‘The Dead City’ is vibrantly alive

Eighty-eight years after its sensational premiere in Germany, Erich Korngold’s “Die Tote Stadt” (The Dead City) arrived at the San Francisco Opera on Tuesday night in a production for which few adjectives seem adequate, but we’ll go with splendid.

In the history of ultra romantic music, Korngold’s work falls in line with Richard Strauss and Arnold Schoenberg (of the turn-of-the-century “Gurrelieder”), employed successfully by Puccini and eventually exploited and abused by Andrew Lloyd Webber. “Die Tote Stadt” is all sweet sounds, every phrase resolving to a major key, the ebb and flow of a beating heart, divine schlock — as well as something different, something more.

A future Hollywood soundtrack king, Korngold started writing this opera when he was 20, and the work seems to explode continuously with youthful genius, constant tempo changes and impossibly difficult vocal lines against a 75-piece orchestra in frequent spasms of ecstasy. It’s all terribly difficult to do, but supremely rewarding to hear — when done well.

Under Donald Runnicles’ baton and a sterling cast, the premiere went beautifully, creating a grand, memorable night at the opera.

The story of a man’s agony — and eventual triumph over grief — in the “Dead City” of Bruges is told in two frequently interacting realms. Paul — sung heroically and gloriously by Torsten Kerl in his San Francisco debut — is unable to overcome the death of his wife, Marie, and when he meets a woman who looks like Marie, his struggle to choose between the living and the dead takes place in his grim reality and in increasingly disturbing dreams.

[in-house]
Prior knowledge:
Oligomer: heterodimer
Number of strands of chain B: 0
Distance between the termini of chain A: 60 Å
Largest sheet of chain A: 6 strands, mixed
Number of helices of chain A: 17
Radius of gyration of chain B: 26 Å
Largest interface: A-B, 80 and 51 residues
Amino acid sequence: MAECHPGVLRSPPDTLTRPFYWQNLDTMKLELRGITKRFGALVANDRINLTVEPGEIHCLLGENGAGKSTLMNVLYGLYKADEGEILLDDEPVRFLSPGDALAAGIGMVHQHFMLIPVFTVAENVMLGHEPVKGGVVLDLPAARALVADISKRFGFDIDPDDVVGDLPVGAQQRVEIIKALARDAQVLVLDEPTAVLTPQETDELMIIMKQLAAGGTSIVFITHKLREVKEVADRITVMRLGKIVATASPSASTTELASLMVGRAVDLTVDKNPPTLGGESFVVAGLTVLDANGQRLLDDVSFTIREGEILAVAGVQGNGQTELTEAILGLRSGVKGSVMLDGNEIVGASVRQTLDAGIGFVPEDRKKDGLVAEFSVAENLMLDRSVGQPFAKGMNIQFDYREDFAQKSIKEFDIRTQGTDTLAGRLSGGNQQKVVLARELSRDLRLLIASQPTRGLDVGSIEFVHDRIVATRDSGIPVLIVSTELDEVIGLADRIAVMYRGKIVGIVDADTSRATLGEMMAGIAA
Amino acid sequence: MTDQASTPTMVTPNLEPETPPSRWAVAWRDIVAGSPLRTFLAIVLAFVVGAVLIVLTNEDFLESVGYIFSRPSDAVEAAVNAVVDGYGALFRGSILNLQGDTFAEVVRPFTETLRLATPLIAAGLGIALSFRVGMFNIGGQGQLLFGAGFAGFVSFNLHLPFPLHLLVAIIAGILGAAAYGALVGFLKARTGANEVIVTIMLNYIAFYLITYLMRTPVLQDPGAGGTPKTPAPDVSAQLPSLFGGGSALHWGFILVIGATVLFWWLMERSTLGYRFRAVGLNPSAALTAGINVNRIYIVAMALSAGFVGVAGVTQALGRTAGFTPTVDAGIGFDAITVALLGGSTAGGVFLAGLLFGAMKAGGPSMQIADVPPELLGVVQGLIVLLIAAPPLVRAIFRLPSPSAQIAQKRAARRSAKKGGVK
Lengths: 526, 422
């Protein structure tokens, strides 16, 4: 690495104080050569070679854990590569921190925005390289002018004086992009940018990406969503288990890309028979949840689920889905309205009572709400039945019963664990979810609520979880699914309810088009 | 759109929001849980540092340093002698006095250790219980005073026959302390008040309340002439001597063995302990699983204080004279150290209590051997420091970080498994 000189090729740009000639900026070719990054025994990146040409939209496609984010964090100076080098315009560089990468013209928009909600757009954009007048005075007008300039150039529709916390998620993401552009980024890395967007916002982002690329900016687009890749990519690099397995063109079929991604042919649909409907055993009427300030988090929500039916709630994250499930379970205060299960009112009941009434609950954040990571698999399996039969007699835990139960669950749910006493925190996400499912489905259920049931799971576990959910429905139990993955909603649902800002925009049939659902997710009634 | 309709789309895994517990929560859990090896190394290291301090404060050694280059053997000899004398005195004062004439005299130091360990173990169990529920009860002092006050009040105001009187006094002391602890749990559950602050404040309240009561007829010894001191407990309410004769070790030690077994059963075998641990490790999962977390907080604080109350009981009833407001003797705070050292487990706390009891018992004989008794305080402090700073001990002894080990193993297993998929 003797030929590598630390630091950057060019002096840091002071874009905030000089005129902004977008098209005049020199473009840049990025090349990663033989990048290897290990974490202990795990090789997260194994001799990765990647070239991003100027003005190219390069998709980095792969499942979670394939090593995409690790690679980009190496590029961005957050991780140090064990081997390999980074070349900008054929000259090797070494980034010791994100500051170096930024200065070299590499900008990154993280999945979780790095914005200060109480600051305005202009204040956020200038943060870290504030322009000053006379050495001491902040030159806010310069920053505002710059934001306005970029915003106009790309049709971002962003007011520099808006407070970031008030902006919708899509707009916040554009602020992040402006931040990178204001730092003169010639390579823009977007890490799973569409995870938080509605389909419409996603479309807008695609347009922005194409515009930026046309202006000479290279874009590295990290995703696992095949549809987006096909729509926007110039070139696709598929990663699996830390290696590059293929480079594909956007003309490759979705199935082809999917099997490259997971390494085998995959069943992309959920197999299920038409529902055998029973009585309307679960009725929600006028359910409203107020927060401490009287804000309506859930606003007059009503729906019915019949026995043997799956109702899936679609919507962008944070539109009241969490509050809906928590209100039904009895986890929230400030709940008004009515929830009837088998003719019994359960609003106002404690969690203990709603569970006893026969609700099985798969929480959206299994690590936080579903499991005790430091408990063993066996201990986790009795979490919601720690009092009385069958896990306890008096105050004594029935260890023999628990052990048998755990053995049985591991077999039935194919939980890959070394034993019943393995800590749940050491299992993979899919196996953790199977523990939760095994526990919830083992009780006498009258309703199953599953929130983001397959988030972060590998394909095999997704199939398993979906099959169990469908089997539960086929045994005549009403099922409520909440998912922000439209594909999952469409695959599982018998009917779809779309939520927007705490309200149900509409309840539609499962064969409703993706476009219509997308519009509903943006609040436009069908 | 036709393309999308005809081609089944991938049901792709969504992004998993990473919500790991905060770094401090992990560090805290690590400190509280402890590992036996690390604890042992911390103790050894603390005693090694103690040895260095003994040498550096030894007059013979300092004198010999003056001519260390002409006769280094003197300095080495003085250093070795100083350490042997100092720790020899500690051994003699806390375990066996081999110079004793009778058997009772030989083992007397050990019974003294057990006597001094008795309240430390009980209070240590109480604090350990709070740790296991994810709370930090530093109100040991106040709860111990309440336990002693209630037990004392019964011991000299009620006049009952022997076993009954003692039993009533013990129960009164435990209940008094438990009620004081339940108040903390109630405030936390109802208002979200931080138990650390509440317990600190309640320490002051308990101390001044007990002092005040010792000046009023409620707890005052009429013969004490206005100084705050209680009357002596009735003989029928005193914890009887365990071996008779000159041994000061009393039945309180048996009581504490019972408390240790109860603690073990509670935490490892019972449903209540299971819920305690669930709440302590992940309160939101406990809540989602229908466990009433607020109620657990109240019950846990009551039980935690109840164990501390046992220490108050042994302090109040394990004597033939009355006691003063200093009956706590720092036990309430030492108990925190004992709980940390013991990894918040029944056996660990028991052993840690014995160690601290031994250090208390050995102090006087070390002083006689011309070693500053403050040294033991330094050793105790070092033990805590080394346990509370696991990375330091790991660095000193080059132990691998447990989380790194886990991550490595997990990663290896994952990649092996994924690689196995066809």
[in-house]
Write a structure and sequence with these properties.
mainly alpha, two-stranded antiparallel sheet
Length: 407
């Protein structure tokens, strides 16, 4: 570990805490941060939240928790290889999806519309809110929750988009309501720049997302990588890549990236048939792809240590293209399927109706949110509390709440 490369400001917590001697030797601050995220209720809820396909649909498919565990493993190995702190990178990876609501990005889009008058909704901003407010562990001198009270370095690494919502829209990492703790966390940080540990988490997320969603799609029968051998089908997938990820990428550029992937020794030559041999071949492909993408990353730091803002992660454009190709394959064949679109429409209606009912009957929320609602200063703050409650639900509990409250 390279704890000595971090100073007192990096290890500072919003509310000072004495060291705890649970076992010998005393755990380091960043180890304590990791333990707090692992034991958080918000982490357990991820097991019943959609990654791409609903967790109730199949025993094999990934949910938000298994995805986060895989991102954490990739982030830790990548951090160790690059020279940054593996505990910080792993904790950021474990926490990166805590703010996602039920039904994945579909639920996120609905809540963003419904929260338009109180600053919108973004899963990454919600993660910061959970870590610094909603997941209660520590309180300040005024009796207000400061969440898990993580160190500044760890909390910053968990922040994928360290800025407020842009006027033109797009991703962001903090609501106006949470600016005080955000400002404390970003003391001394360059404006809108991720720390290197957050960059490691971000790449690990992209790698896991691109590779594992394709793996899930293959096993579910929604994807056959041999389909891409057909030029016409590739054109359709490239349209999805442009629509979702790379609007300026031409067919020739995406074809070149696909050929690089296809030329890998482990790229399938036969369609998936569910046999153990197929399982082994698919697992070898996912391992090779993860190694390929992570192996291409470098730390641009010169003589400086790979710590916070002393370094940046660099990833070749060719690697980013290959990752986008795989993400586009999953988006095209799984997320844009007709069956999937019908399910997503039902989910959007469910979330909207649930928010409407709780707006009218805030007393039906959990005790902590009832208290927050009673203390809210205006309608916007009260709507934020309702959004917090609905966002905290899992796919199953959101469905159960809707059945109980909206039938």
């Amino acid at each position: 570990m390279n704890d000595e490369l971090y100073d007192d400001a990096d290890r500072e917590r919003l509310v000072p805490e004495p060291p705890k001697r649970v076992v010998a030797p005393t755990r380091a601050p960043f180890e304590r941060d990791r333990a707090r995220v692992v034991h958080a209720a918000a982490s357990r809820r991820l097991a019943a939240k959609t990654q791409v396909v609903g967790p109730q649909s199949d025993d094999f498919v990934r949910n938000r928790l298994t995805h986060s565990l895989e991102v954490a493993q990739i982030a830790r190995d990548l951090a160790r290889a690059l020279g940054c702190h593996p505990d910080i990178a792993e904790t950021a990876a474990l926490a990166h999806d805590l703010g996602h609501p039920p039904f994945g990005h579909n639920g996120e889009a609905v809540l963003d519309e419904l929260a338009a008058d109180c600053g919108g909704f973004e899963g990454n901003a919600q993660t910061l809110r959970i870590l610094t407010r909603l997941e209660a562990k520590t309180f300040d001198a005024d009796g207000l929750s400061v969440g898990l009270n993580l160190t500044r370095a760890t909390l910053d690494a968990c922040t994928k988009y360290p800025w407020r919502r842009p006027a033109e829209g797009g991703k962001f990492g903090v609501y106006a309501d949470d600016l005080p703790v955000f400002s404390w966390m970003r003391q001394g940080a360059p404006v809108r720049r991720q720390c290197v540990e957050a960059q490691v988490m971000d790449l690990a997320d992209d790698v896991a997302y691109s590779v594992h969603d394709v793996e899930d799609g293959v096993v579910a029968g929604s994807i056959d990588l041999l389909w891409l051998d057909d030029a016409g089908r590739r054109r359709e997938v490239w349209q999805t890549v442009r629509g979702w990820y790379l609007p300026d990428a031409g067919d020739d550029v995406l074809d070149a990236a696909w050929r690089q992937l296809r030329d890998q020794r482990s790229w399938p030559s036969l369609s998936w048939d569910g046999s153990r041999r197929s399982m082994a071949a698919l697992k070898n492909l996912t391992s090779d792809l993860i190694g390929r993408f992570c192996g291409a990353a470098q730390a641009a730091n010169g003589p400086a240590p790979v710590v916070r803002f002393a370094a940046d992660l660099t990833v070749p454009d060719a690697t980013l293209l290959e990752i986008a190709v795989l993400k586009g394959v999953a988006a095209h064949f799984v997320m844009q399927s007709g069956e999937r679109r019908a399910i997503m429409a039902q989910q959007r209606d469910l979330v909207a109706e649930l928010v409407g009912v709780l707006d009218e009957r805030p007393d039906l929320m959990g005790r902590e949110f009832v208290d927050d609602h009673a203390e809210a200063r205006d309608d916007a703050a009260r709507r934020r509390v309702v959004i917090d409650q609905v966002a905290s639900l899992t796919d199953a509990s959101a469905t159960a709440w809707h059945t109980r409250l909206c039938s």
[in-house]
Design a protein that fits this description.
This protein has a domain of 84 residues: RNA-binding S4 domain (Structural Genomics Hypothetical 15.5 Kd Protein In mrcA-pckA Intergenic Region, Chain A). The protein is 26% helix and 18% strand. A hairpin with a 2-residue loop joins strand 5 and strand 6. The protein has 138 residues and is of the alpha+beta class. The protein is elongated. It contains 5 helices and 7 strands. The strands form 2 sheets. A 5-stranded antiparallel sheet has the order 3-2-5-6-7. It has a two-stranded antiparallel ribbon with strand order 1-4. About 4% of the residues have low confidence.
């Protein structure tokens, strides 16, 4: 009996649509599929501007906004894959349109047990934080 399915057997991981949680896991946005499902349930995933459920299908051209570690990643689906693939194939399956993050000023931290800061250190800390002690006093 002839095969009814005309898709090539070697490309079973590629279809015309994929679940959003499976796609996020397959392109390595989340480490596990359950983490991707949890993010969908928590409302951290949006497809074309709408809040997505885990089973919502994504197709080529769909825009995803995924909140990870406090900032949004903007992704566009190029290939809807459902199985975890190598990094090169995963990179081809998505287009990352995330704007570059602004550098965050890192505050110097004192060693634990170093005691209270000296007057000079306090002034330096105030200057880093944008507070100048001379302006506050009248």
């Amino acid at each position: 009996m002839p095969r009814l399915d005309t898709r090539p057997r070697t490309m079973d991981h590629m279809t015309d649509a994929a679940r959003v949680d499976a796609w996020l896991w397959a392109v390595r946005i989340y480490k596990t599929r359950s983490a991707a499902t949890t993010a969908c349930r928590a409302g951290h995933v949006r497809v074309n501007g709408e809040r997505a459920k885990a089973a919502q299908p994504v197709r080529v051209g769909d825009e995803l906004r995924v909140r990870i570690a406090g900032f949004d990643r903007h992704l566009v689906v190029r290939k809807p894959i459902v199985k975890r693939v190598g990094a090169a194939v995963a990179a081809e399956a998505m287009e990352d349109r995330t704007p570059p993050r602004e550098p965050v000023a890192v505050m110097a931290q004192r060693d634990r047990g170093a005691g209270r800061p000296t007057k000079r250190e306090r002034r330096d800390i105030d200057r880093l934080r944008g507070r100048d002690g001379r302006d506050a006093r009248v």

Emily Magee, also in her debut, took the dual role of Marie/Marietta and sang through an astonishing range from coquettish to heroic, from Musetta of “La Boheme” to Wagner’s Brünnhilde.

Former Adler Fellow Lucas Meachem returned to the house victoriously in the double role of Frank and Fritz, in great voice and with a self-confident performance. With effective restraint he sang one of the opera’s big hits, “Pierrot’s Tanzlied.”

Current Adler Fellows Katharine Tier (Brigitta), Ji Young Yang (Juliette),  Daniela Mack (Lucienne), Alek Shrader (Victorin) and Andrew Bidlack (Albert), have all done well, especially Tier, in an important role.

The Willy Decker production, a hit in Vienna and Salzburg, is being staged in San Francisco by Meisje Hummel, and — except for a runaway wig here, a creaking set unit there — it all went swimmingly. Wolfgang Gussmann’s production design is grandly operatic, with walls and ceilings moving in time with the shift of action between the real and the dream worlds. Ian Robertson’s Opera Chorus acted and sang on the wings of fabulous harmonies rising from the orchestra pit.

It was puzzling to see a significant number of patrons departing in the intermission, probably due to the length of the first act — nearly one and a half hours. They missed a short (40-minute) and gorgeous second act. For every audience member leaving early, I’ll wager on two or three who will return to another performance.

San Francisco Opera’s ‘Die Tote Stadt,’ by Erich Korngold

Where: War Memorial Opera House
When: Friday and Oct. 4 at 8 p.m.; Wednesday and Oct. 9 at 7:30 p.m.; Oct. 12 at 2 p.m.
Tickets: $15 to $260 (senior rush, $30; standing room, $10)
Contact: (415) 864-3330, www.sfopera.com

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